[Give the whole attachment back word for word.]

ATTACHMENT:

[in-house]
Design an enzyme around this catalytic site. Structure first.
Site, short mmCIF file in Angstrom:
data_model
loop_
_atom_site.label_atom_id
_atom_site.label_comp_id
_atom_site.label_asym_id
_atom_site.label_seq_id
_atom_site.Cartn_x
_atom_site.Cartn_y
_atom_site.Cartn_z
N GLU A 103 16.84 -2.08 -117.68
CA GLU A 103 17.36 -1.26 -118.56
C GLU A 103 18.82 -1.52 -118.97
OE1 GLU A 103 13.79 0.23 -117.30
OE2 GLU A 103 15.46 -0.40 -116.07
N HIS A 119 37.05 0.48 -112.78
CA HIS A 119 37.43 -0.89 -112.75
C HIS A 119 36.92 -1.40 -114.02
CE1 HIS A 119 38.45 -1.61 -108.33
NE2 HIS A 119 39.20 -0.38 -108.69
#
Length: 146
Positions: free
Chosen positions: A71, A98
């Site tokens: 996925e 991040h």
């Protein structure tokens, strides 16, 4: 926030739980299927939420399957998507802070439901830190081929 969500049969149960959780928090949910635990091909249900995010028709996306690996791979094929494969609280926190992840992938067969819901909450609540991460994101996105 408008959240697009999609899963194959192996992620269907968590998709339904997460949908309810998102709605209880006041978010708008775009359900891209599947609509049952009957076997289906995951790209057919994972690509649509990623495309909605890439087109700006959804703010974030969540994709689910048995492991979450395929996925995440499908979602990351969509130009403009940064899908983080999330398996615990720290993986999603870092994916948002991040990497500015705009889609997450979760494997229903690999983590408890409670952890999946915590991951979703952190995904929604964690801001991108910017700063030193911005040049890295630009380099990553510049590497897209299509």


[in-house]
Design an enzyme around this catalytic site. Structure first.
Site, short mmCIF file in Angstrom:
data_model
loop_
_atom_site.label_atom_id
_atom_site.label_comp_id
_atom_site.label_asym_id
_atom_site.label_seq_id
_atom_site.Cartn_x
_atom_site.Cartn_y
_atom_site.Cartn_z
N GLU A 103 16.84 -2.08 -117.68
CA GLU A 103 17.36 -1.26 -118.56
C GLU A 103 18.82 -1.52 -118.97
OE1 GLU A 103 13.79 0.23 -117.30
OE2 GLU A 103 15.46 -0.40 -116.07
N HIS A 119 37.05 0.48 -112.78
CA HIS A 119 37.43 -0.89 -112.75
C HIS A 119 36.92 -1.40 -114.02
CE1 HIS A 119 38.45 -1.61 -108.33
NE2 HIS A 119 39.20 -0.38 -108.69
#
Length: 146
Positions: free
Chosen positions: A71, A98
């Site tokens: 996925e 991040h």
């Protein structure tokens, strides 16, 4: 926030739980299927939420399957998507802070439901830190081929 969500049969149960959780928090949910635990091909249900995010028709996306690996791979094929494969609280926190992840992938067969819901909450609540991460994101996105 408008959240697009999609899963194959192996992620269907968590998709339904997460949908309810998102709605209880006041978010708008775009359900891209599947609509049952009957076997289906995951790209057919994972690509649509990623495309909605890439087109700006959804703010974030969540994709689910048995492991979450395929996925995440499908979602990351969509130009403009940064899908983080999330398996615990720290993986999603870092994916948002991040990497500015705009889609997450979760494997229903690999983590408890409670952890999946915590991951979703952190995904929604964690801001991108910017700063030193911005040049890295630009380099990553510049590497897209299509």